Before Their Tete-A-Tete, Tillerson And Russians Trade Verbal Tit-For-Tat On Syria | KERA News

Before Their Tete-A-Tete, Tillerson And Russians Trade Verbal Tit-For-Tat On Syria

Apr 11, 2017

Rex Tillerson has touched down in Moscow. But well before his plane landed on the runway, heated words were already flying between the U.S. secretary of state and Russian officials over the situation in Syria.

"I hope that what the Russian government concludes is that they have aligned themselves with an unreliable partner in Bashar al-Assad," Tillerson said Tuesday at a meeting of G-7 foreign ministers in Lucca, Italy, shortly before he left for Russia.

Tillerson made plain that the chemical attack last week in Syria was unacceptable to the U.S., and that the U.S. retaliatory missile strike against a Syrian base presented Russia with a choice: either continue to side with Syria, Iran and the militant group Hezbollah, or join with the U.S. and other likeminded countries.

Tillerson said there was no room for both.

"Stockpiles and continued use demonstrate that Russia has failed in its ability to deliver on its 2013 commitment [to help get rid of Assad's chemical weapons]. It is unclear whether Russia failed to take this obligation serious or Russia has been incompetent," Tillerson said.

"But this distinction doesn't much matter to the dead."

Russian President Vladimir Putin — whom Tillerson will not be meeting with, according to the trip's latest itinerary — said that in Tillerson's recent rhetoric he heard echoes of the days leading up to the 2003 invasion of Iraq.

"It reminds me of the events in 2003 when U.S. envoys to the Security Council were demonstrating what they said were chemical weapons found in Iraq," Putin told reporters Tuesday, according to a translation by The Associated Press. "We have seen it all already."

Putin said Russia will request that the United Nations investigate the April 4 chemical weapons attack in the Syrian town of Khan Shaykhun. He added that he has received information about planned "provocations" intended to place blame on Assad.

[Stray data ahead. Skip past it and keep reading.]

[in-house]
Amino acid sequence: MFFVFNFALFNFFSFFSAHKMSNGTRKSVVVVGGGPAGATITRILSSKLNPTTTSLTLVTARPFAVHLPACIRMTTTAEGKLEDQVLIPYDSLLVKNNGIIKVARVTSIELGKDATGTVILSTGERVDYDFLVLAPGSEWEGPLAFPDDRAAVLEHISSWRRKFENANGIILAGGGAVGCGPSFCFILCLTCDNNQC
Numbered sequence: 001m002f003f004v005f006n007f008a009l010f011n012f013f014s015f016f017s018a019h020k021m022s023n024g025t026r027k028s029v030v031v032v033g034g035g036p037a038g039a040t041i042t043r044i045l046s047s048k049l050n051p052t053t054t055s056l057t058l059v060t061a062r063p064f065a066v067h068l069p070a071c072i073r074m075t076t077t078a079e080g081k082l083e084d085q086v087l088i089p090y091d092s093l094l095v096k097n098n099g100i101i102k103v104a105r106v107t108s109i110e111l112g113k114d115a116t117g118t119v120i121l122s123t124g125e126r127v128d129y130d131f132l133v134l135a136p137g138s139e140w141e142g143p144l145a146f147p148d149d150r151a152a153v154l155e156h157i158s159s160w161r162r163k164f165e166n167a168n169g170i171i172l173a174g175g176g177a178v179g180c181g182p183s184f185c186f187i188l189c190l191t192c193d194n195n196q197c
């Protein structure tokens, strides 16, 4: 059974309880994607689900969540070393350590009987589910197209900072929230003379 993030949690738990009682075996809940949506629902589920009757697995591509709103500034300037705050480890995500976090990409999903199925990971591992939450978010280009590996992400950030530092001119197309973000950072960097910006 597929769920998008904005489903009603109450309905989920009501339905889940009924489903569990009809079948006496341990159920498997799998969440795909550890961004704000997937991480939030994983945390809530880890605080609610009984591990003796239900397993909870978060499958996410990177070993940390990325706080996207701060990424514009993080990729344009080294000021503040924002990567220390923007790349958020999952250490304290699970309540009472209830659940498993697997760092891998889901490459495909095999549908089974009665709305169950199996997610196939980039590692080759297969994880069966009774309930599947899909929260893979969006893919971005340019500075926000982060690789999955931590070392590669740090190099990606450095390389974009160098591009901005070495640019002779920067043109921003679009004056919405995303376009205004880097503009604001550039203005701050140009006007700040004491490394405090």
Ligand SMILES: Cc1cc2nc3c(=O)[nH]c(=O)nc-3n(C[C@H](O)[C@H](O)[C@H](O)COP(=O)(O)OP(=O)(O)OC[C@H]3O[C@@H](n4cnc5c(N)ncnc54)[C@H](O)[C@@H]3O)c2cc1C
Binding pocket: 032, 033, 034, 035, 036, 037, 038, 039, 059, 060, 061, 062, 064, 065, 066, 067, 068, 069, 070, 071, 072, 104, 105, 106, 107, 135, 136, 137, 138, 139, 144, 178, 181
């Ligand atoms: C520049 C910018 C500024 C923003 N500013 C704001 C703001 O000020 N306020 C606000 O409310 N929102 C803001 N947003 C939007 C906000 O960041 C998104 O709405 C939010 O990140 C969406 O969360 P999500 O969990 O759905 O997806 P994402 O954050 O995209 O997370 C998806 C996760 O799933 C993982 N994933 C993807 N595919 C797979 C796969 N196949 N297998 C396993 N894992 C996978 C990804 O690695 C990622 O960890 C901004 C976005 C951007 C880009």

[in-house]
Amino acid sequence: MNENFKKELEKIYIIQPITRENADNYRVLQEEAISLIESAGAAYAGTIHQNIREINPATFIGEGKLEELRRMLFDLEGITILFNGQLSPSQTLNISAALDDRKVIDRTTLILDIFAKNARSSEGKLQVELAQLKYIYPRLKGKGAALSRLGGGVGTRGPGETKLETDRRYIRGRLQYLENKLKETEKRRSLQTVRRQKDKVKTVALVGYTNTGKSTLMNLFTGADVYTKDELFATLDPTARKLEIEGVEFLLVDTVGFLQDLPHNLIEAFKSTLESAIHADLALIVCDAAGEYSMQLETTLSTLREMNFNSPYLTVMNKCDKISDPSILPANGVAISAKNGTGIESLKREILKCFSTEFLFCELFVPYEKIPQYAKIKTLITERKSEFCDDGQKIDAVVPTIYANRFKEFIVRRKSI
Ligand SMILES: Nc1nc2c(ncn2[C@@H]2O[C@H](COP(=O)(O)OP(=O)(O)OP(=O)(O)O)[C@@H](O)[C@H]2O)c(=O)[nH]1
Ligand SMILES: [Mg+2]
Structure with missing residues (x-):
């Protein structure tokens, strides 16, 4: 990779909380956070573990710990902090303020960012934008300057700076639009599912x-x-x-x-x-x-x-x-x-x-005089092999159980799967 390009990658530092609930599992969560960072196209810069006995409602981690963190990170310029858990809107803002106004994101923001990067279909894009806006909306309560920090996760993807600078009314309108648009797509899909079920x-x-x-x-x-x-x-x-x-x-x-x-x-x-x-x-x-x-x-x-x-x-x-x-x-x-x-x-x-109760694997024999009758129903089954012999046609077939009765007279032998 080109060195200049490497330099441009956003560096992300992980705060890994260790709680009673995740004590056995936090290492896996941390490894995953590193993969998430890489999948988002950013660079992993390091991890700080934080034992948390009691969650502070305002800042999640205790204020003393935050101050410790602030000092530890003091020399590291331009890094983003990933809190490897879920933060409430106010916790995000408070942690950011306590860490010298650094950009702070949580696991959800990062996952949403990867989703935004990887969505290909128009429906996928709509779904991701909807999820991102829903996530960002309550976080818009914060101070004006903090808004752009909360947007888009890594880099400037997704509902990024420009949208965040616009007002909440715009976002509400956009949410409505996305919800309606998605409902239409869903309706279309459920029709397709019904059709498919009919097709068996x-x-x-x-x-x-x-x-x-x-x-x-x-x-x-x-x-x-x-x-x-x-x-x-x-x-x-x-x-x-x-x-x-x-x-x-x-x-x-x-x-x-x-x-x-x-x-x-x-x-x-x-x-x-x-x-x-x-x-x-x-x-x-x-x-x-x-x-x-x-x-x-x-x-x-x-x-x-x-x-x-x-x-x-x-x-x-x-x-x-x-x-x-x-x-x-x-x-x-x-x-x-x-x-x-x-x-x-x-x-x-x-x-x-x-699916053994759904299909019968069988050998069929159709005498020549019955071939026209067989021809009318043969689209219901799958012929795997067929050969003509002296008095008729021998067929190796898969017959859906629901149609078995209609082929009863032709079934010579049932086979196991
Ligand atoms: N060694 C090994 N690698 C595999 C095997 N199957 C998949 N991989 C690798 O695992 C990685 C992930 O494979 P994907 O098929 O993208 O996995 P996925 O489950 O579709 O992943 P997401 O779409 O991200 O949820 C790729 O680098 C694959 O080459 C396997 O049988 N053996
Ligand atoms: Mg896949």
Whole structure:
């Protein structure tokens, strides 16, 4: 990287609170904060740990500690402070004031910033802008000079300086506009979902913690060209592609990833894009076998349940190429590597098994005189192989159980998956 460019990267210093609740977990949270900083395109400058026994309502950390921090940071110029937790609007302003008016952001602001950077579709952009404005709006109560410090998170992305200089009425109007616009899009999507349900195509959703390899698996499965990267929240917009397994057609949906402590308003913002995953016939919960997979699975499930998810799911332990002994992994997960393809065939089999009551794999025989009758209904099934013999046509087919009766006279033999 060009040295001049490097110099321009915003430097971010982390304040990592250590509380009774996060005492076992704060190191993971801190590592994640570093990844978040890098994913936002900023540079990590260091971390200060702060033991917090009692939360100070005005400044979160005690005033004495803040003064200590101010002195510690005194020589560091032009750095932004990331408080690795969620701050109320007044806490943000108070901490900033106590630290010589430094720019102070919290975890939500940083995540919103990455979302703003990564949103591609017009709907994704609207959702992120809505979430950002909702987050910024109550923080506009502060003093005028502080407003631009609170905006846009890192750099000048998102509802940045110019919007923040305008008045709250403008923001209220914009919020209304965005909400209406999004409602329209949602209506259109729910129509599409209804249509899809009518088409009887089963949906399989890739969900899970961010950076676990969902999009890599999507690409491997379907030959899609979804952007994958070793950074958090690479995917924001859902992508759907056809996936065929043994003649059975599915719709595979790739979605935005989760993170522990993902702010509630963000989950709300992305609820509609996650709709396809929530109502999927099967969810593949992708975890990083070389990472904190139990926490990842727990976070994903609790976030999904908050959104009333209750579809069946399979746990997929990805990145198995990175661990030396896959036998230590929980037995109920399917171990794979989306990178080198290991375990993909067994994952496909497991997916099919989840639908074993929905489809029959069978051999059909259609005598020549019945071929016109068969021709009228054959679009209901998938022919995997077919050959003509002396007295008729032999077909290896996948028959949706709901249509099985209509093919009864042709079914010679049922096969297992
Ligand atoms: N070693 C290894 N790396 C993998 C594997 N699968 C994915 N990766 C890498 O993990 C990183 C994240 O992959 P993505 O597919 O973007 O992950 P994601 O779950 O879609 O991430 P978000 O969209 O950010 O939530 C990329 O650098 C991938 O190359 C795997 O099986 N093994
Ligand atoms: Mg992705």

A minister in the Turkish government, which has launched an investigation of its own, reportedly said Tuesday there is "concrete evidence" that sarin gas was used in the attack that killed dozens of people near its southern border.

Health Minister Recep Akdag said traces of sarin gas was found in the blood and urine of victims, according to the state-run Anadolu news agency.

NPR's Lucian Kim reports that the unfolding drama surrounding the attack and its aftermath has soured Tillerson's visit, which had once borne great expectations from U.S. and Russian diplomats.

"They basically thought this would be the start of a great relationship, and that this would be the first step in organizing a summit between Trump and Putin," Kim says. "And the missile strike really came as a shock and will overshadow the talks."

Those hopes have given way to much more modest goals. The New York Times, for instance, refers to a senior American official in reporting that State Department officials now aim simply to clarify the areas of disagreement.

And even that might not be an easy task: Those areas of disagreement appear to be multiplying rather than diminishing.

"I think it is clear to all of us that the reign of the Assad family is coming to an end," Tillerson said of Russia's ally. "But the question of how that ends, and the transition itself could be very important, in our view, to the durability, the stability inside of a unified Syria."

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